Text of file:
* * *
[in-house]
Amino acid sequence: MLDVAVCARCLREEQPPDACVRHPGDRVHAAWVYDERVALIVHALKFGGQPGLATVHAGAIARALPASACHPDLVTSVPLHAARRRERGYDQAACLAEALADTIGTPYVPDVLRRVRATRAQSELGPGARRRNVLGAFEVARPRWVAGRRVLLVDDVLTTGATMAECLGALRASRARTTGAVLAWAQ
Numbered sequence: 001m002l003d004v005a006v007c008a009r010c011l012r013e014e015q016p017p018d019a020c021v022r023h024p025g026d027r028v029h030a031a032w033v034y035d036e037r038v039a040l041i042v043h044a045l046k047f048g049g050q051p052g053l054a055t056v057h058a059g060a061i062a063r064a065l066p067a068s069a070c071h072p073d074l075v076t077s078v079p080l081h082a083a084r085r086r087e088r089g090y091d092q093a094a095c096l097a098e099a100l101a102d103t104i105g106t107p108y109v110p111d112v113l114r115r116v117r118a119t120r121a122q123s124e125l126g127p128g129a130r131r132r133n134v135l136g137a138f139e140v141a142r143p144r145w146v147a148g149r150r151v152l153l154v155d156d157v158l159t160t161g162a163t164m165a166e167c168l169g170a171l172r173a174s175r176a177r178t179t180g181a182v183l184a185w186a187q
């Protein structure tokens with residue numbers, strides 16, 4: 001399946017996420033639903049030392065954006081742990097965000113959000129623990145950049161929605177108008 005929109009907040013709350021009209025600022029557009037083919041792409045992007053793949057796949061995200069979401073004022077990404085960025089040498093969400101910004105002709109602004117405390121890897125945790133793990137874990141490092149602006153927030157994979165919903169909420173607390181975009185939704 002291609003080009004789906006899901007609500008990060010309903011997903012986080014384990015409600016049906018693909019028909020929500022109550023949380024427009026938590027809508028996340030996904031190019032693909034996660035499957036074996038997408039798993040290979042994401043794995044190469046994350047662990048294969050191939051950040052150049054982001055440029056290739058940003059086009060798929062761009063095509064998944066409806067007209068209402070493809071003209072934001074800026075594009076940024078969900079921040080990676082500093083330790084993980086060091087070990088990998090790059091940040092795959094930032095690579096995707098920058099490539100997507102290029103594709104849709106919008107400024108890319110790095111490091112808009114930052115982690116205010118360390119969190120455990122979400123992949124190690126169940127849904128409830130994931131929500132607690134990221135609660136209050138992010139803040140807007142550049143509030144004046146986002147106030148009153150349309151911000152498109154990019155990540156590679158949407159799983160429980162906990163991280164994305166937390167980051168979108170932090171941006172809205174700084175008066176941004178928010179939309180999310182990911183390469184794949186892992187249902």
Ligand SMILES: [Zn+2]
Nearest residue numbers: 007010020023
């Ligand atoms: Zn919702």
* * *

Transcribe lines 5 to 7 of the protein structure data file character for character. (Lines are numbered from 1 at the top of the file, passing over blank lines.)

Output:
Ligand SMILES: [Zn+2]
Nearest residue numbers: 007010020023
């Ligand atoms: Zn919702």